There's a far-side cartoon of a house on fire, floating down a river headed for a waterfall. That's me, I'm that house. My younger sister and I had a zoom lunch the other day and we were chatting and joking when she suddenly got very serious and says to me, "I don't know how you do it, how you face everyday and keep a sense of humor, I can't believe how things go for you. And you're not even doing anything wrong, you're doing exactly what anyone would advise people to do." I laughed and cried at the same time and made some joke about it. But I feel the struggle and weight of what she observed. It's what brought me to that place Tuesday night. The struggles now make my fourteen year old struggles look like a cake walk.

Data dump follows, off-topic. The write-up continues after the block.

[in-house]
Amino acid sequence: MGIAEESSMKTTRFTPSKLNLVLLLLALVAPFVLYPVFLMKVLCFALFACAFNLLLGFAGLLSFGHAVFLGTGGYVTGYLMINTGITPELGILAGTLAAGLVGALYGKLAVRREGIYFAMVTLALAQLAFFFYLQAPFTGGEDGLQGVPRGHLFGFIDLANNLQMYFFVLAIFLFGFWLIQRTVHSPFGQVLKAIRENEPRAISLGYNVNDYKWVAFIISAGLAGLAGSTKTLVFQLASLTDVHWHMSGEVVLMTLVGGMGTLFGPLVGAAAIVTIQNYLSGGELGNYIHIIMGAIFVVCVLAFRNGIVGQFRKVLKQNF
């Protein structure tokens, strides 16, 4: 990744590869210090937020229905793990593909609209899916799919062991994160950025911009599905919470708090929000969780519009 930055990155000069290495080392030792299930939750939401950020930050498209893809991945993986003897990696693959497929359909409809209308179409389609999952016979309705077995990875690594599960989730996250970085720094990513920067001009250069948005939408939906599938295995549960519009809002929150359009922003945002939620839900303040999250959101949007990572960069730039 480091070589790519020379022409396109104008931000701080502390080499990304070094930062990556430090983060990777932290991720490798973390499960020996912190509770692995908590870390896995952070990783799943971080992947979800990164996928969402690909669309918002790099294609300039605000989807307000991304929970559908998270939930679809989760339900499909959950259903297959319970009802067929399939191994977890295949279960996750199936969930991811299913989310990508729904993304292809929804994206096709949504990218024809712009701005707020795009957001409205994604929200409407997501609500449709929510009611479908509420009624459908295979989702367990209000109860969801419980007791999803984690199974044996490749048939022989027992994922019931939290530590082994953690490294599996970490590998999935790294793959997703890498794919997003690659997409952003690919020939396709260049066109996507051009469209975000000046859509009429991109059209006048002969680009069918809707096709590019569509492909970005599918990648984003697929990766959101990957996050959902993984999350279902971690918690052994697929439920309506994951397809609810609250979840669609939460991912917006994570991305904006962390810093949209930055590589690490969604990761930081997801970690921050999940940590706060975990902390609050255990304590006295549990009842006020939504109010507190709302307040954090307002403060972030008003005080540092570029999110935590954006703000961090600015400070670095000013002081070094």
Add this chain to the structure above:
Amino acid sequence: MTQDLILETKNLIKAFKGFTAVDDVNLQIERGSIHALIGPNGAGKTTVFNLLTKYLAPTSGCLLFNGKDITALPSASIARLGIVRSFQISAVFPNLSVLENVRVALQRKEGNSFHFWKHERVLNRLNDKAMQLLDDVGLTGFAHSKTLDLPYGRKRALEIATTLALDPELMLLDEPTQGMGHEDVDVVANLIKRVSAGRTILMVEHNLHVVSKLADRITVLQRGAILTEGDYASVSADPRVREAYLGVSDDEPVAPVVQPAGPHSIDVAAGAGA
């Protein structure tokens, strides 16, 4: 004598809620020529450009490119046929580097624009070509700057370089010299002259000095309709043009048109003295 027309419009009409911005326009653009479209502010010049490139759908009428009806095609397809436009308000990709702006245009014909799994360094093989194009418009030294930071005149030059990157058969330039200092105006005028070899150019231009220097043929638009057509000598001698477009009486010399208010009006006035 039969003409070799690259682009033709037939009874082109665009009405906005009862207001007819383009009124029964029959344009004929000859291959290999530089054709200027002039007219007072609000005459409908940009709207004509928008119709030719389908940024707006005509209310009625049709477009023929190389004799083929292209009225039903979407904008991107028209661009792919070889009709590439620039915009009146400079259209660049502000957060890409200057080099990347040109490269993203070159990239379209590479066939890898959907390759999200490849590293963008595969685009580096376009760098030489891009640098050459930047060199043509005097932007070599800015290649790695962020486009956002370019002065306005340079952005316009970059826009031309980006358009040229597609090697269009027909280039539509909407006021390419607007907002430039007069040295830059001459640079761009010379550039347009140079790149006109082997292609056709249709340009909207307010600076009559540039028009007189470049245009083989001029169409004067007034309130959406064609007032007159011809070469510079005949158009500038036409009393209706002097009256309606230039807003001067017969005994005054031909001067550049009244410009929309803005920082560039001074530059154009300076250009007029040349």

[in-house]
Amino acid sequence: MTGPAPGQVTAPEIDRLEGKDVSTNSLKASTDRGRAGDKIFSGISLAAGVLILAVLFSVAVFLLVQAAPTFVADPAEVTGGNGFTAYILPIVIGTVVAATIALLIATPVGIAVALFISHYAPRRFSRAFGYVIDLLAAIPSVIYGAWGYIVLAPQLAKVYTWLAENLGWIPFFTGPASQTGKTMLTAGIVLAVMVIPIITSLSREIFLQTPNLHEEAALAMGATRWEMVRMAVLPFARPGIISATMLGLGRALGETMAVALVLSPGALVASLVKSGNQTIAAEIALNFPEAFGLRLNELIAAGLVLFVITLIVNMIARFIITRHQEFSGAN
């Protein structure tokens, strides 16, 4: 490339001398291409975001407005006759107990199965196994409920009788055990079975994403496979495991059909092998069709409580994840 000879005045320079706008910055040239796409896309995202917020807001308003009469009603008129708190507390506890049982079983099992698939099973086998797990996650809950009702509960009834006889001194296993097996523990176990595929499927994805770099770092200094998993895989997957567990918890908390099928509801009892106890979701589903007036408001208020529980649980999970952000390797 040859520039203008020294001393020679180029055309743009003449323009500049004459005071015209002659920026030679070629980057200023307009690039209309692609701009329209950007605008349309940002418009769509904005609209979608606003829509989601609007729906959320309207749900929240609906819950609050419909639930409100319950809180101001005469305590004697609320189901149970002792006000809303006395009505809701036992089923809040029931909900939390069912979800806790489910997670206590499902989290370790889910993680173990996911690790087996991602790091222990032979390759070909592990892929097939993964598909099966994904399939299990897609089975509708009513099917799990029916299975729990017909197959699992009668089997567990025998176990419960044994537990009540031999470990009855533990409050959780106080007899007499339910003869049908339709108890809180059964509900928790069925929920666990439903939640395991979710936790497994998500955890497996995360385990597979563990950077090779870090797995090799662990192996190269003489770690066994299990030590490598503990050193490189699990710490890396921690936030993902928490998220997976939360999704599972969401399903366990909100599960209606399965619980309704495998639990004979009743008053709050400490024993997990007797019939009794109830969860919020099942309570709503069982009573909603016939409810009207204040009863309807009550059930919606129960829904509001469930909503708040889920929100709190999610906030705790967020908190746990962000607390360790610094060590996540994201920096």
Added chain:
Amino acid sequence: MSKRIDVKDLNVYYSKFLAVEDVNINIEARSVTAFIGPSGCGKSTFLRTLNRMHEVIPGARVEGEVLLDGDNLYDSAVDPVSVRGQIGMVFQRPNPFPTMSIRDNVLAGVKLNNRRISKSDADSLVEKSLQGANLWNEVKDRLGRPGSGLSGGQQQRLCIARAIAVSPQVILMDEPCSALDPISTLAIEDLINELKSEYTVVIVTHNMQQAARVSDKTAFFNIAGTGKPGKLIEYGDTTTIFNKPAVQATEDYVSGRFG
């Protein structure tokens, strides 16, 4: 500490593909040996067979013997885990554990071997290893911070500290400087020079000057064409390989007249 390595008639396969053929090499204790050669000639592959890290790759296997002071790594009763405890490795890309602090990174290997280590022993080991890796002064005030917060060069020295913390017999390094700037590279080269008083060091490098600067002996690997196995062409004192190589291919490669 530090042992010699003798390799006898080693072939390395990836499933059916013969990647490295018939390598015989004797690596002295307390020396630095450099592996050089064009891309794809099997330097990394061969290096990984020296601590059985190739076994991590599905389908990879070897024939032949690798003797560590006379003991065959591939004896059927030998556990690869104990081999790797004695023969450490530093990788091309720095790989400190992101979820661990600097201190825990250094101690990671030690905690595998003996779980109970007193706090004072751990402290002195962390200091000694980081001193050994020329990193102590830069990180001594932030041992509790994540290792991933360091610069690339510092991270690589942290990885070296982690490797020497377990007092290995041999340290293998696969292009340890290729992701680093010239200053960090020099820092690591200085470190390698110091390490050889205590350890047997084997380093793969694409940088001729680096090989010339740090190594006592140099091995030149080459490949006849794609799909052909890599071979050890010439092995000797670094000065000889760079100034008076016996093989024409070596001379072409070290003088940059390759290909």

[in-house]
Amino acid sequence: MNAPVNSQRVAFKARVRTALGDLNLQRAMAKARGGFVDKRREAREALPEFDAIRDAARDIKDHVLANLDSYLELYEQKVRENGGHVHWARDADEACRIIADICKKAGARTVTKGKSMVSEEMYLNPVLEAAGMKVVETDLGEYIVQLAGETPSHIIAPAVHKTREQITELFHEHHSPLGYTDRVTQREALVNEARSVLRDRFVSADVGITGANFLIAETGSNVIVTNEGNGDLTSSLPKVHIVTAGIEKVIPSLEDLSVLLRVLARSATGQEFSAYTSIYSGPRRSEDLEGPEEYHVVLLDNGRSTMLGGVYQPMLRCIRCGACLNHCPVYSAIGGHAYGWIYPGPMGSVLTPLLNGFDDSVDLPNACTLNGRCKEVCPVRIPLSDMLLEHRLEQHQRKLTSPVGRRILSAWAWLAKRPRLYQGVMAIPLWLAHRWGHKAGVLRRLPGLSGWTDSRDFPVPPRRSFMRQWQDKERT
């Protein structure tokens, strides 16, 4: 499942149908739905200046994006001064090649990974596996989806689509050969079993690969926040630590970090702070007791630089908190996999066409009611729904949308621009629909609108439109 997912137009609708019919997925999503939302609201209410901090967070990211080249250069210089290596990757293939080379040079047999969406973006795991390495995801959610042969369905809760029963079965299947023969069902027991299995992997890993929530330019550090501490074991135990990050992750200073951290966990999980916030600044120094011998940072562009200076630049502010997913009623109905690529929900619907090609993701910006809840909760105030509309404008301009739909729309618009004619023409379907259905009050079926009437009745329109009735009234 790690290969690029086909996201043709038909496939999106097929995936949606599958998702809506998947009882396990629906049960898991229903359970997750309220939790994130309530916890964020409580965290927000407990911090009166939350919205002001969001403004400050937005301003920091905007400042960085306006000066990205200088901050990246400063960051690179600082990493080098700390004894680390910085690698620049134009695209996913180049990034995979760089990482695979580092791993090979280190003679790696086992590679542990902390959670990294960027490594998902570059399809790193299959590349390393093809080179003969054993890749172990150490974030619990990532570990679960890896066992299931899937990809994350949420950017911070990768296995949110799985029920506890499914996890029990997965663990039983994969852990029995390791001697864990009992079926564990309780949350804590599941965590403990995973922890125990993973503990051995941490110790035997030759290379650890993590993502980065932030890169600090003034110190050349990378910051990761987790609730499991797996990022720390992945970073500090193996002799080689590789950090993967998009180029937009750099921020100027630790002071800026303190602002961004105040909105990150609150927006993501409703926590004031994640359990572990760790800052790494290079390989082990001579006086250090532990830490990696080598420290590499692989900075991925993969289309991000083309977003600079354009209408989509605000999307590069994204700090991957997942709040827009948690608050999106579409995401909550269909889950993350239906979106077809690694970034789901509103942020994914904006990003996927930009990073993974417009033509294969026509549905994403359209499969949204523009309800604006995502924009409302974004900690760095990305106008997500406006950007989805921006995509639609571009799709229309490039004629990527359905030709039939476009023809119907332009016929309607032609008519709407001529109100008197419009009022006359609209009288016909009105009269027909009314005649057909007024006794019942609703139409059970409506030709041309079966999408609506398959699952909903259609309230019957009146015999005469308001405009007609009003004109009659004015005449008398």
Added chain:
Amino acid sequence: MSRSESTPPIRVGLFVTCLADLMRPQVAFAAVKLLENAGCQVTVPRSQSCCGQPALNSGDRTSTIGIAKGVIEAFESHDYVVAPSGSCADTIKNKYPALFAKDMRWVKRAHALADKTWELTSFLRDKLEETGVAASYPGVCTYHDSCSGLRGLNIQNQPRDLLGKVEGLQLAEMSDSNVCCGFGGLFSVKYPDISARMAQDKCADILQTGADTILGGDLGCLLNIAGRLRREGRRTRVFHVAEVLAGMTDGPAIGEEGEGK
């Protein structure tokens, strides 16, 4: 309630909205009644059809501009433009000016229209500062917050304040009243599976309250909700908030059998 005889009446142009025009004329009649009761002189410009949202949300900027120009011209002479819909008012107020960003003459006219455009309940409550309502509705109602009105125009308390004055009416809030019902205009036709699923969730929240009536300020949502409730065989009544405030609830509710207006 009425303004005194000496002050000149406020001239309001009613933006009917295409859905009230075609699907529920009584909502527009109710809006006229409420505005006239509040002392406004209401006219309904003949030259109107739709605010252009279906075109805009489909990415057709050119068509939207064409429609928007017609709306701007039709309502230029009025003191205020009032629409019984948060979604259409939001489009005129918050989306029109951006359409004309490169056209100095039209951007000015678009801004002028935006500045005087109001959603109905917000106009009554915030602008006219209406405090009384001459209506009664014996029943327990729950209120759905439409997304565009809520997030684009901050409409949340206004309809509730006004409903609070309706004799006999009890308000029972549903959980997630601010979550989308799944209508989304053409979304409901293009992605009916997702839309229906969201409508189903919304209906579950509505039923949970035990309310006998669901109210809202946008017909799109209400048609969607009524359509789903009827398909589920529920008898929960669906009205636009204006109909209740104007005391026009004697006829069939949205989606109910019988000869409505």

And frankly I'm out scramble, I'm out of hustle, I have NO solutions. Everything I've tried hasn't worked and the nightly nightmares are back and the pain both mental and physical seem endless. I am out of hope, but I am not a quitter I learned that with Rick at fourteen. So I am not ready to quit. Not yet!
So if you are fighting that battle to live or not live, keep fighting. I can't tell you that you are going to win, I can't tell you that it is going to get better, the only thing I can tell you is if you take yourself out of the fight all chances for improvement stop. As Rick said that first day, it's a permanent solution to temporary problems.
Well look at that, maybe I do have a sliver of hope.